The league's plans to make some of the Combine events a pseudo-competition between players, first reported by The New York Times, has drawn early mixed reviews from team personnel officials.
Always interested in making a buck, and in using fan interest as its flimsy rationale, the NFL this year allowed 250 fans to sit in at Lucas Oil Stadium for some events. Admission was free, but the move is seen by some personnel people as a precursor to selling tickets.
The league is fueled, of course, by the passion of the fans it charged to view Media Day at the Super Bowl earlier this month, and by the ardent interest in the draft. The league has laid out the potential for making some events, like the bench press and the 40-yard sprint, competitions between the players.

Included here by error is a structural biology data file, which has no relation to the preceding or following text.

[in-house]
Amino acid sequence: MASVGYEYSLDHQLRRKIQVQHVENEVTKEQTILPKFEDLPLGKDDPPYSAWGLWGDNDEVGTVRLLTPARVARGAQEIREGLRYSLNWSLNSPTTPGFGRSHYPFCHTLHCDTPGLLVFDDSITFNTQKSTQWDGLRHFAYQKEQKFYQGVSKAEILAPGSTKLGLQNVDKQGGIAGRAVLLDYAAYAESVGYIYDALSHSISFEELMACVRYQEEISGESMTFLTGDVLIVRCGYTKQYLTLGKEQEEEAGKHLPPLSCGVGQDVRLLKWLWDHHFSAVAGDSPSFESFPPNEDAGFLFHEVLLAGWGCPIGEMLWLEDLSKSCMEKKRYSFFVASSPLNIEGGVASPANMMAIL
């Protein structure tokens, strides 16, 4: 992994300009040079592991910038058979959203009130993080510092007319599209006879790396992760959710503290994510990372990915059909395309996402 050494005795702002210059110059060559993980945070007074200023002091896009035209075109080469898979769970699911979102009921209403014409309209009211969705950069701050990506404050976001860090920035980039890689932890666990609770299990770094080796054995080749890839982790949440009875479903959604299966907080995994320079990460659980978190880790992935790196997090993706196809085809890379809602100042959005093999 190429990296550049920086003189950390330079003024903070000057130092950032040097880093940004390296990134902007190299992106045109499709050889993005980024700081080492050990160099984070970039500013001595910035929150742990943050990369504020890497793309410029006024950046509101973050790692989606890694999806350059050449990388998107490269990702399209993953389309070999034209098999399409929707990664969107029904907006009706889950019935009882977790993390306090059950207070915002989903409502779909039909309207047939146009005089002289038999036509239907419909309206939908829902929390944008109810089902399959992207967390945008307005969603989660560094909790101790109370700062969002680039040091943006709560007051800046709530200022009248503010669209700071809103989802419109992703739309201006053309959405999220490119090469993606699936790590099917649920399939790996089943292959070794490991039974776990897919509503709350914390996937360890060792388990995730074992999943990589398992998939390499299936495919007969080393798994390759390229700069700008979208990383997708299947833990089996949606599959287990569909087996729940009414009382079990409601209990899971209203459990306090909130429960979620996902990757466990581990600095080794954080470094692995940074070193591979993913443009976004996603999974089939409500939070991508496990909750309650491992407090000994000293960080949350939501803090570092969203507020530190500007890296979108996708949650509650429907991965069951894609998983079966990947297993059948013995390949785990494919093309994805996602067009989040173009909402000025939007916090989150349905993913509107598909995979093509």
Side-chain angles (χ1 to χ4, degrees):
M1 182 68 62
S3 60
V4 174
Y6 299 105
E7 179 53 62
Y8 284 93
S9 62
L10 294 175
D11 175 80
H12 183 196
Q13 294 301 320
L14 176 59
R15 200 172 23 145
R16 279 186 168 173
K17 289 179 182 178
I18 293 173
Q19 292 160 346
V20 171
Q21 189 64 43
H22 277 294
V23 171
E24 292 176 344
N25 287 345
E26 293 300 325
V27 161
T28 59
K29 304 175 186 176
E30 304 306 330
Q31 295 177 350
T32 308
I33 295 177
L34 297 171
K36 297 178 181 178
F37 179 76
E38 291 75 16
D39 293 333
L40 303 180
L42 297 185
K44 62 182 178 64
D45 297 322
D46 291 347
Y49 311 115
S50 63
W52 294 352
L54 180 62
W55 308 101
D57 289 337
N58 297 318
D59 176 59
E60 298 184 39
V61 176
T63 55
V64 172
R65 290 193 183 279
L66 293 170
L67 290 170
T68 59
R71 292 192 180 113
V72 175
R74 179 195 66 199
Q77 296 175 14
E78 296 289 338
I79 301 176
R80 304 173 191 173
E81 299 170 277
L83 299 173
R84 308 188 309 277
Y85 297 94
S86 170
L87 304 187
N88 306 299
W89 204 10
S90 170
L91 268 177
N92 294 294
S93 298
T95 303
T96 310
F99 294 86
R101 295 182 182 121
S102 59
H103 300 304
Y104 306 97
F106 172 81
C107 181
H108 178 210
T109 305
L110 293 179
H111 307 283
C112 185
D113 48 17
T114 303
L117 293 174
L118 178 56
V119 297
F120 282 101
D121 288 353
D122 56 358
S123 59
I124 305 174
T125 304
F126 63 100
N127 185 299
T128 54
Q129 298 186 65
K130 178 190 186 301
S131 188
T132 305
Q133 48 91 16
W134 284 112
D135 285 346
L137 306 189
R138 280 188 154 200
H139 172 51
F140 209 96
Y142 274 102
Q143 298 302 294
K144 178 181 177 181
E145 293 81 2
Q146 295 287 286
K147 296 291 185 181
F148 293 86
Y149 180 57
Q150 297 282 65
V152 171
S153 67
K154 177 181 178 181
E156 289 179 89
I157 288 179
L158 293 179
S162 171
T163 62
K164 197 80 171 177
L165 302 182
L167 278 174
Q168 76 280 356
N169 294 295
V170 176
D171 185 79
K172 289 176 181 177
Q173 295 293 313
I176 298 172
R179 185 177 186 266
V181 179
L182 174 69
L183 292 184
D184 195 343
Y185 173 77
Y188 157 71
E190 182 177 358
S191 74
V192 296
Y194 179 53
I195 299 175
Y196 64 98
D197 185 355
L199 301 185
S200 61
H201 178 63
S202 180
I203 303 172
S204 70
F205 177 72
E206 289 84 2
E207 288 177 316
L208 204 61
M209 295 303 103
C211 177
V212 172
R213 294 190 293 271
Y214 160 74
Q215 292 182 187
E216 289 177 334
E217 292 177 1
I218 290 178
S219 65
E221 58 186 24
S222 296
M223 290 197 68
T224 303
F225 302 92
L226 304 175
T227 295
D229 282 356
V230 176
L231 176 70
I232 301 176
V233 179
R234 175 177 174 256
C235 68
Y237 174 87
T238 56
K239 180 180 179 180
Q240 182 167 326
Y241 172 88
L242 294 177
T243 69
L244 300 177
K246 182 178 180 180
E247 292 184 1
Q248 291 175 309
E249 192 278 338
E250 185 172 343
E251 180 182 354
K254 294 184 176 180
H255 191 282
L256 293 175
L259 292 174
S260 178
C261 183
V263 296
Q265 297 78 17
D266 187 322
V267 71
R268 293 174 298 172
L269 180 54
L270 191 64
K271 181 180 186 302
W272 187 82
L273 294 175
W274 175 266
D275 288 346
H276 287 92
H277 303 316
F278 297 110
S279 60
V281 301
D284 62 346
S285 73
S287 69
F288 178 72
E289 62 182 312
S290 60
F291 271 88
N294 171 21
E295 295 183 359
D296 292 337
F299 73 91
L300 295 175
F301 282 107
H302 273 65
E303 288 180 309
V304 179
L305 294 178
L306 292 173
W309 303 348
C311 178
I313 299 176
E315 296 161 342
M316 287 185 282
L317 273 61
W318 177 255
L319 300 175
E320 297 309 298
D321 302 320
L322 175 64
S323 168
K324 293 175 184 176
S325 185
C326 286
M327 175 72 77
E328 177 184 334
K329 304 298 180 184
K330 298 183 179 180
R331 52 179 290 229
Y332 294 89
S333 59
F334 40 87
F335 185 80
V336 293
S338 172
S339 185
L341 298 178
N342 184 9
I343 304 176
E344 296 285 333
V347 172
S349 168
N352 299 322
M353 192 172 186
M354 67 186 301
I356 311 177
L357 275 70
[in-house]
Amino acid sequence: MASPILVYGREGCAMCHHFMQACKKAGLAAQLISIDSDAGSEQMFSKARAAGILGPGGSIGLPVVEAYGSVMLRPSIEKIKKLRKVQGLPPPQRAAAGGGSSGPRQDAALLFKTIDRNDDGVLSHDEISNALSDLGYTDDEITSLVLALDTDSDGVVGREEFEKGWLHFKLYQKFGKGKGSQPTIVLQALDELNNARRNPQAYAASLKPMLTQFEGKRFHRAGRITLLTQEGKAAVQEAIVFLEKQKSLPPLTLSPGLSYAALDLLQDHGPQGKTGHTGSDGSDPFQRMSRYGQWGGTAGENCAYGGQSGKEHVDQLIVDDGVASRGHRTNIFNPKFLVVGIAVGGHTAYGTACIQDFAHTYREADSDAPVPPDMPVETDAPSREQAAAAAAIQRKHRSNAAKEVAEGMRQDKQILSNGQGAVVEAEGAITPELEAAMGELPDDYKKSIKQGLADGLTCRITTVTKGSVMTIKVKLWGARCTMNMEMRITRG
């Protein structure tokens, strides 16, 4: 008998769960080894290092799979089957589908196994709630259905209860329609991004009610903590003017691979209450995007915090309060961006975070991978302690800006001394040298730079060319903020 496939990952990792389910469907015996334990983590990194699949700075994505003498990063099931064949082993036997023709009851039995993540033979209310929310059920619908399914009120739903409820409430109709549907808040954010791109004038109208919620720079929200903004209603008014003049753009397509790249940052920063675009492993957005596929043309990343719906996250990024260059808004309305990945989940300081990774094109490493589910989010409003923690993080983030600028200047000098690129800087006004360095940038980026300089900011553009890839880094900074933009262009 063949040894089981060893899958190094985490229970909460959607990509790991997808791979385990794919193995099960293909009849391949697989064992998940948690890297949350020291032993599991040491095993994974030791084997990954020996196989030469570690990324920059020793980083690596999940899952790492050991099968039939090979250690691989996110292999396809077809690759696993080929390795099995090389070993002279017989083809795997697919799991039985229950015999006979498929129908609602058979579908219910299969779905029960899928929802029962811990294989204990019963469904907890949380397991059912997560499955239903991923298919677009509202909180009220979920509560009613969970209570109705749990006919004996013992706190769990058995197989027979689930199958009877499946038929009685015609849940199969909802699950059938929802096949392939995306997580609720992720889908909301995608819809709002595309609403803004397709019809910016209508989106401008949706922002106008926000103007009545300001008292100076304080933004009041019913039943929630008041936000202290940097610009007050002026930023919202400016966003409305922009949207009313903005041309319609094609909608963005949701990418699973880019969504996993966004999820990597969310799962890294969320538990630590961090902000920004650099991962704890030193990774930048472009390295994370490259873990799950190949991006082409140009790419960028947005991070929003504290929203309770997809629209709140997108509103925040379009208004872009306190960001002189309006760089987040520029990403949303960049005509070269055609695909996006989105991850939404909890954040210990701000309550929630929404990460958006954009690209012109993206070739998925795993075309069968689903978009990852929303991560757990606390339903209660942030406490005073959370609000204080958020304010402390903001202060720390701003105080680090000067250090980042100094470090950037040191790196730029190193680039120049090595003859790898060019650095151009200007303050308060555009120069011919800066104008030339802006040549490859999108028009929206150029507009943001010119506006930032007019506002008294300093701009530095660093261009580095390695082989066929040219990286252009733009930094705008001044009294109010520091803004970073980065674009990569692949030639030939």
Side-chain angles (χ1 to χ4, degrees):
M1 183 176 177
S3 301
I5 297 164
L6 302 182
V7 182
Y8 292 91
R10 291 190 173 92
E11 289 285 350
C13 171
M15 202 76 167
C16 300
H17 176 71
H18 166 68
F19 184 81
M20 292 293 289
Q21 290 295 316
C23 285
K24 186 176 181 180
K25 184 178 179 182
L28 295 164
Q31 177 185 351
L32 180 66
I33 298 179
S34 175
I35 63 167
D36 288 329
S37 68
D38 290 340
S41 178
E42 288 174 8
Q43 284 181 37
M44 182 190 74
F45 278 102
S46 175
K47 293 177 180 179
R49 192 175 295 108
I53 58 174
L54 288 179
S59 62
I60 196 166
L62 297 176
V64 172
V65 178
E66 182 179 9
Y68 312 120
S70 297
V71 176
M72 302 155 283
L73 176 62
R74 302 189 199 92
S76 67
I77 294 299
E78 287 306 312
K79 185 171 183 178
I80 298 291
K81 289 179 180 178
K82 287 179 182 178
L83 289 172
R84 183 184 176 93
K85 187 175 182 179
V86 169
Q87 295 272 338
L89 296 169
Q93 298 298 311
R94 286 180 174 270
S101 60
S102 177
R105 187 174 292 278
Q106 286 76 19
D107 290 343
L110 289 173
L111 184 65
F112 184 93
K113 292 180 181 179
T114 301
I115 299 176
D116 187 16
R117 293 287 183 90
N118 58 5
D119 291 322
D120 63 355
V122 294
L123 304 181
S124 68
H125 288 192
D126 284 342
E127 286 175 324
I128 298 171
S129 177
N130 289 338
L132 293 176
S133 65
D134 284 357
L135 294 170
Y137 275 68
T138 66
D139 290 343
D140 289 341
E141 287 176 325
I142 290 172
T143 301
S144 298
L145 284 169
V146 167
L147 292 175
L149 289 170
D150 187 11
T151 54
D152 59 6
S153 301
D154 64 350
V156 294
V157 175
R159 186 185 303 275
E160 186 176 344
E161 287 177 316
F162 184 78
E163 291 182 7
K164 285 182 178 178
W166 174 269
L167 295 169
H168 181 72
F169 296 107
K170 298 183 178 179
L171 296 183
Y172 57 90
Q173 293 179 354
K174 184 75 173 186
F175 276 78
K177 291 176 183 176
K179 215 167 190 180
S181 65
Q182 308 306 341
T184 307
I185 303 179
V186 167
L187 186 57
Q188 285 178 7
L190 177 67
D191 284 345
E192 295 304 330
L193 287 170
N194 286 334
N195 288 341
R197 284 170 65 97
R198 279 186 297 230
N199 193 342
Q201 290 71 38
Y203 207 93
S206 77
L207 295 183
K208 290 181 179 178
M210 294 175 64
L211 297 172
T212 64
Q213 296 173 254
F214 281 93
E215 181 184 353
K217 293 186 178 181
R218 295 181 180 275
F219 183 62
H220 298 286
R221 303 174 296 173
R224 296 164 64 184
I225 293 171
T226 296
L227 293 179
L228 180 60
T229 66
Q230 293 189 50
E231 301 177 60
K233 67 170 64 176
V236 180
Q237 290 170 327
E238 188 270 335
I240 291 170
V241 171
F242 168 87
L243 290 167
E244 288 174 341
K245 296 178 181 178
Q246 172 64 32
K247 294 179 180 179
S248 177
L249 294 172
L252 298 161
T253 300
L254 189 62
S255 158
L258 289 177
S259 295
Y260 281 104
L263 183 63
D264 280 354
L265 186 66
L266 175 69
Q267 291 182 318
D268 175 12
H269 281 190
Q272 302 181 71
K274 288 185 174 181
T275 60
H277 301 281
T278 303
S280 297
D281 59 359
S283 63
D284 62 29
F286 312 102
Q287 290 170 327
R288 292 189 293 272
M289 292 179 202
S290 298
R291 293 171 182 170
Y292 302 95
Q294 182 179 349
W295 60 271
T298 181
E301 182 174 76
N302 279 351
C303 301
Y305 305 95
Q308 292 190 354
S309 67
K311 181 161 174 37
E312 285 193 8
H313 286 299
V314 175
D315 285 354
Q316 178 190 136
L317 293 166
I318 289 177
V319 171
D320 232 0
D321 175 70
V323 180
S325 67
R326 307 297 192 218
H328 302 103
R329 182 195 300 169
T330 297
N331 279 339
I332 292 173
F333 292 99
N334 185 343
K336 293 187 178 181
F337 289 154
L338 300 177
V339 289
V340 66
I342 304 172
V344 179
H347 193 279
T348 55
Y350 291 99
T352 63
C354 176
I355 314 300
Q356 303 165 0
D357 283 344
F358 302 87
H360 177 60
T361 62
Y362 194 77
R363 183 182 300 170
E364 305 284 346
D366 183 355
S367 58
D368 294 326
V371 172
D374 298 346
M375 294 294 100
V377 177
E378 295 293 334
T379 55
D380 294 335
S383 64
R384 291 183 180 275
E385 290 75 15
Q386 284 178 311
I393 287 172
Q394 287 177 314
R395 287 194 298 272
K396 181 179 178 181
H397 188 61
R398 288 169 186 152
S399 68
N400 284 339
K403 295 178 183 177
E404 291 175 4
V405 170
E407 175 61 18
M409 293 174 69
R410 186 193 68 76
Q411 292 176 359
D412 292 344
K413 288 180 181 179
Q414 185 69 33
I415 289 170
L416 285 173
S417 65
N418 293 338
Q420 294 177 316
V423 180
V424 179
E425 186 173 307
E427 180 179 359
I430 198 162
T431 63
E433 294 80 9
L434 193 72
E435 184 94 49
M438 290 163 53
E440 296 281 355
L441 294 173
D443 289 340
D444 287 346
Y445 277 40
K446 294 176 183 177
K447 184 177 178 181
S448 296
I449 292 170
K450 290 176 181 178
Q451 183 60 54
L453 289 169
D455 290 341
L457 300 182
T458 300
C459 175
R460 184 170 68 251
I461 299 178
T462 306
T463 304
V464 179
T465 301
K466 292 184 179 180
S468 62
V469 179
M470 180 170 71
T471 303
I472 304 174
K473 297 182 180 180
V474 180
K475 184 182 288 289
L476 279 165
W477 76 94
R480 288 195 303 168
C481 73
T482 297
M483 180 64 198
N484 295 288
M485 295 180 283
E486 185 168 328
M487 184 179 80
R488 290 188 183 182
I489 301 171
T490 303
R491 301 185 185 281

In addition to generating some revenues and creating even more interest in the draft, the process would arguably make for more compelling viewing on The NFL Network.
But as one AFC general manager told The Sports Xchange on Thursday night: "They're going to bleed the golden goose for everything it's worth. You'd think $10 billion (in revenues) would be plenty, but enough is never enough for some of these guys."